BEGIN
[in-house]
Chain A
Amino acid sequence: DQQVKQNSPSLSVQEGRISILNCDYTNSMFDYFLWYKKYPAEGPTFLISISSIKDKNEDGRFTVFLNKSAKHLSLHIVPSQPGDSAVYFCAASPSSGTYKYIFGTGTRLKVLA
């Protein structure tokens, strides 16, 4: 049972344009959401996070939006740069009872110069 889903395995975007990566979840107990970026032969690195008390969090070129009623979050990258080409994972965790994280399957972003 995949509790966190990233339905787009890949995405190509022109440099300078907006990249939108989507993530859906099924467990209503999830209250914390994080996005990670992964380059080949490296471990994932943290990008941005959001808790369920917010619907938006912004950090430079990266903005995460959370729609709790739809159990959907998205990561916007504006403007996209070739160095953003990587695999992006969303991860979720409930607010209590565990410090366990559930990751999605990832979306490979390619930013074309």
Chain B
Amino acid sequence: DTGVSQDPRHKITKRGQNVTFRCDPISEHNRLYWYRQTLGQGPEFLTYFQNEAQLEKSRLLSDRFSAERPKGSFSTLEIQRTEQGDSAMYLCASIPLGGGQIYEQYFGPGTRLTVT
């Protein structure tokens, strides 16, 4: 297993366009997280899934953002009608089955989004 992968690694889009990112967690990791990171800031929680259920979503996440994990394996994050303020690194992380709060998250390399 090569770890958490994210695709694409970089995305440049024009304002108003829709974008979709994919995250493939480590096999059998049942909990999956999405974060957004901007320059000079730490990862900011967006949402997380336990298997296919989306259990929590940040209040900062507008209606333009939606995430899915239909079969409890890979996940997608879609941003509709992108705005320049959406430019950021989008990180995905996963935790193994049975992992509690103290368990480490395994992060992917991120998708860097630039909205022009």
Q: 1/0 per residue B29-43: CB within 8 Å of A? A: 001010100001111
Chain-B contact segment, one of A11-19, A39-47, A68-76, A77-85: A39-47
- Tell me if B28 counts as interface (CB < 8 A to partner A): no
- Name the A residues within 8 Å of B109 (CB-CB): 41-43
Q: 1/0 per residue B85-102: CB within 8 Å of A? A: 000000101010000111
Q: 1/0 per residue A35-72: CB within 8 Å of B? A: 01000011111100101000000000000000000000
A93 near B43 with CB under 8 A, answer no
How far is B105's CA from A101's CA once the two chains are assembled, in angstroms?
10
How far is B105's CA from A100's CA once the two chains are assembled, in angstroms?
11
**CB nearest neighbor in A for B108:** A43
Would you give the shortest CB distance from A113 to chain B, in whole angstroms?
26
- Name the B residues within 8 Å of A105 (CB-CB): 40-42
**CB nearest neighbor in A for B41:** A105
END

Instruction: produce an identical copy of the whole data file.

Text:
[in-house]
Chain A
Amino acid sequence: DQQVKQNSPSLSVQEGRISILNCDYTNSMFDYFLWYKKYPAEGPTFLISISSIKDKNEDGRFTVFLNKSAKHLSLHIVPSQPGDSAVYFCAASPSSGTYKYIFGTGTRLKVLA
């Protein structure tokens, strides 16, 4: 049972344009959401996070939006740069009872110069 889903395995975007990566979840107990970026032969690195008390969090070129009623979050990258080409994972965790994280399957972003 995949509790966190990233339905787009890949995405190509022109440099300078907006990249939108989507993530859906099924467990209503999830209250914390994080996005990670992964380059080949490296471990994932943290990008941005959001808790369920917010619907938006912004950090430079990266903005995460959370729609709790739809159990959907998205990561916007504006403007996209070739160095953003990587695999992006969303991860979720409930607010209590565990410090366990559930990751999605990832979306490979390619930013074309």
Chain B
Amino acid sequence: DTGVSQDPRHKITKRGQNVTFRCDPISEHNRLYWYRQTLGQGPEFLTYFQNEAQLEKSRLLSDRFSAERPKGSFSTLEIQRTEQGDSAMYLCASIPLGGGQIYEQYFGPGTRLTVT
């Protein structure tokens, strides 16, 4: 297993366009997280899934953002009608089955989004 992968690694889009990112967690990791990171800031929680259920979503996440994990394996994050303020690194992380709060998250390399 090569770890958490994210695709694409970089995305440049024009304002108003829709974008979709994919995250493939480590096999059998049942909990999956999405974060957004901007320059000079730490990862900011967006949402997380336990298997296919989306259990929590940040209040900062507008209606333009939606995430899915239909079969409890890979996940997608879609941003509709992108705005320049959406430019950021989008990180995905996963935790193994049975992992509690103290368990480490395994992060992917991120998708860097630039909205022009």
Q: 1/0 per residue B29-43: CB within 8 Å of A? A: 001010100001111
Chain-B contact segment, one of A11-19, A39-47, A68-76, A77-85: A39-47
- Tell me if B28 counts as interface (CB < 8 A to partner A): no
- Name the A residues within 8 Å of B109 (CB-CB): 41-43
Q: 1/0 per residue B85-102: CB within 8 Å of A? A: 000000101010000111
Q: 1/0 per residue A35-72: CB within 8 Å of B? A: 01000011111100101000000000000000000000
A93 near B43 with CB under 8 A, answer no
How far is B105's CA from A101's CA once the two chains are assembled, in angstroms?
10
How far is B105's CA from A100's CA once the two chains are assembled, in angstroms?
11
**CB nearest neighbor in A for B108:** A43
Would you give the shortest CB distance from A113 to chain B, in whole angstroms?
26
- Name the B residues within 8 Å of A105 (CB-CB): 40-42
**CB nearest neighbor in A for B41:** A105